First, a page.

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Cattle Raids and Frontier Marauders

a man named W. J. Cairns, whom "they treated in a very cruel manner." "When last seen they were dragging him along upon a cannon to which he had been tied."[16]  Another captive was a spy belonging to Colonel Lysander Wells' company who was taken about twenty-five miles from San Patricio by a party of a hundred Mexicans. They sent him to San Patricio to another unit of their force, and there he was severely flogged. At night he made his escape.

During the week of March 3, 1838, a band of eight Mexican marauders believed to have been led by a renegade Mexican from San Antonio, named Antonio Viña, being apprised of the defenseless state of Copano House and of a considerable quantity of tobacco stored there decided to rob the place. On the road toward Goliad, six miles from Copano Landing, they met Reuben H. Roberts on his way to attend to business concerning land surveys. They arrested Roberts and forced him to proceed to Copano to help pack their horses with the contents of the warehouse. The robbers carried off most of the tobacco, and ripped open those bales that they could not take away, strewing tobacco all over the house with the object of wasting and spoiling it.[17]  Roberts was carried as far as the Nueces and released.

Disasters of this nature, however, did not discourage the hardy pioneer and enterprising trader who sought to do business with the Mexicans below the Nueces. By midsummer, Willis Roberts, brother to Reuben H. Roberts, had nearly completed his house at Aransas; and Colonel James Power, a former empresario, was engaged in an active mercantile business at Live Oak Point. Three schooners had recently been to Aransas. The Alexander from New Orleans had returned some of the families who had formerly resided at the Mission of Refugio, and the Empress from Mobile was on July 12 preparing to cross the bar into the bay."[18]  Although commercial activities showed considerable optimism, the business continued to be hazardous.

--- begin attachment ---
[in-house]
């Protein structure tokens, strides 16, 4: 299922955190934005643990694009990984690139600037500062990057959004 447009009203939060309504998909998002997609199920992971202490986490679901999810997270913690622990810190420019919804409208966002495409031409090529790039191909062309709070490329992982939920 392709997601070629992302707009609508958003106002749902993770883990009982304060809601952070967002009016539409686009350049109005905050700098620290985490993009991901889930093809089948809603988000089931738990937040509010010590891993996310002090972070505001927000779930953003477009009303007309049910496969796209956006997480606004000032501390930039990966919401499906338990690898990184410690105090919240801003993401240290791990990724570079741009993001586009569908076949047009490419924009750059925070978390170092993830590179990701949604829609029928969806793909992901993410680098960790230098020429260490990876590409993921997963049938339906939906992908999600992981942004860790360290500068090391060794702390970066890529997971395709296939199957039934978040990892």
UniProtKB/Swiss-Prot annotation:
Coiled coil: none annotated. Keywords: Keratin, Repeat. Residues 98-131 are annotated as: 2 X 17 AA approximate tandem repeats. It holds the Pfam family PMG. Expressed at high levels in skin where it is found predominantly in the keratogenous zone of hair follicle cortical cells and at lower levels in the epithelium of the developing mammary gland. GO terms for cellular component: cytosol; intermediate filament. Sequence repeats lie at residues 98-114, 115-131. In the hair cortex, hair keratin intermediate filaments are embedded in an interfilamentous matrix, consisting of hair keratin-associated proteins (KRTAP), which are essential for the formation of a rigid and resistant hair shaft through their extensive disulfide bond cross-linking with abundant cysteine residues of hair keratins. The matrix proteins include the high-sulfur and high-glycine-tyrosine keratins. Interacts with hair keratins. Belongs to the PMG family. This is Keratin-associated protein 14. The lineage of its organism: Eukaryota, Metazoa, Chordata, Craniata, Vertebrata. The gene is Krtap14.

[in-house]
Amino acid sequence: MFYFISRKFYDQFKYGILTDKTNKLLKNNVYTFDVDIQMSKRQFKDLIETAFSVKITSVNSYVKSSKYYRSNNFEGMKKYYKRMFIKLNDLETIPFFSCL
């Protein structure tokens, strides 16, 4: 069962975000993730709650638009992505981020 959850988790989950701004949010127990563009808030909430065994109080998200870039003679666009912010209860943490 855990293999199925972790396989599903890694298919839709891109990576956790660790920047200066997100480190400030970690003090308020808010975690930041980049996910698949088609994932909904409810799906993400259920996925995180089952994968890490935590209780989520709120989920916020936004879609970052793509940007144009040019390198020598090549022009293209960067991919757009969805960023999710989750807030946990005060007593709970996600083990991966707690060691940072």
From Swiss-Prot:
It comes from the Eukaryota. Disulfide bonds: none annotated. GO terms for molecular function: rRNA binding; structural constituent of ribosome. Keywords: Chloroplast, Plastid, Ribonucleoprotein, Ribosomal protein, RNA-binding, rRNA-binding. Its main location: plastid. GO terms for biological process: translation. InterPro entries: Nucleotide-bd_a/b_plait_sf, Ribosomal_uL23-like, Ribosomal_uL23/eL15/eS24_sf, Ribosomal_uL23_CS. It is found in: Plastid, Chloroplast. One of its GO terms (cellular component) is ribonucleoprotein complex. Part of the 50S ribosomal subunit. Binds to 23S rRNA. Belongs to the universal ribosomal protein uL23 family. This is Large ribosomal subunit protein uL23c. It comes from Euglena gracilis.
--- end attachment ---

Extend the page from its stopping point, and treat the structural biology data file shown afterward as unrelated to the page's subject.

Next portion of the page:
A party of Mexican marauders entered Goliad in June, and drove off a number of horses and mules. The party then proceeded in the direction of Copano. En route it captured near Refugio two American traders with loaded pack animals. Continuing northward from Refugio, the Mexicans ambushed on the rising ground near the San Nicolás

16. Telegraph and Texas Register, Jan. 13, 1838.

17. [Willis] Roberts to Genl. Mirabeau B. Lamar, Live Oak Point, March 3, 1838, in Lamar Papers, II, 41-43.

18. W. Roberts to Mirabeau B. Lamar, Aransas, July 12, 1838, in ibid., II, 183-184.

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AFTER SAN JACINTO: The Texas-Mexican Frontier, 1836-1841
Joseph Milton Nance, 1963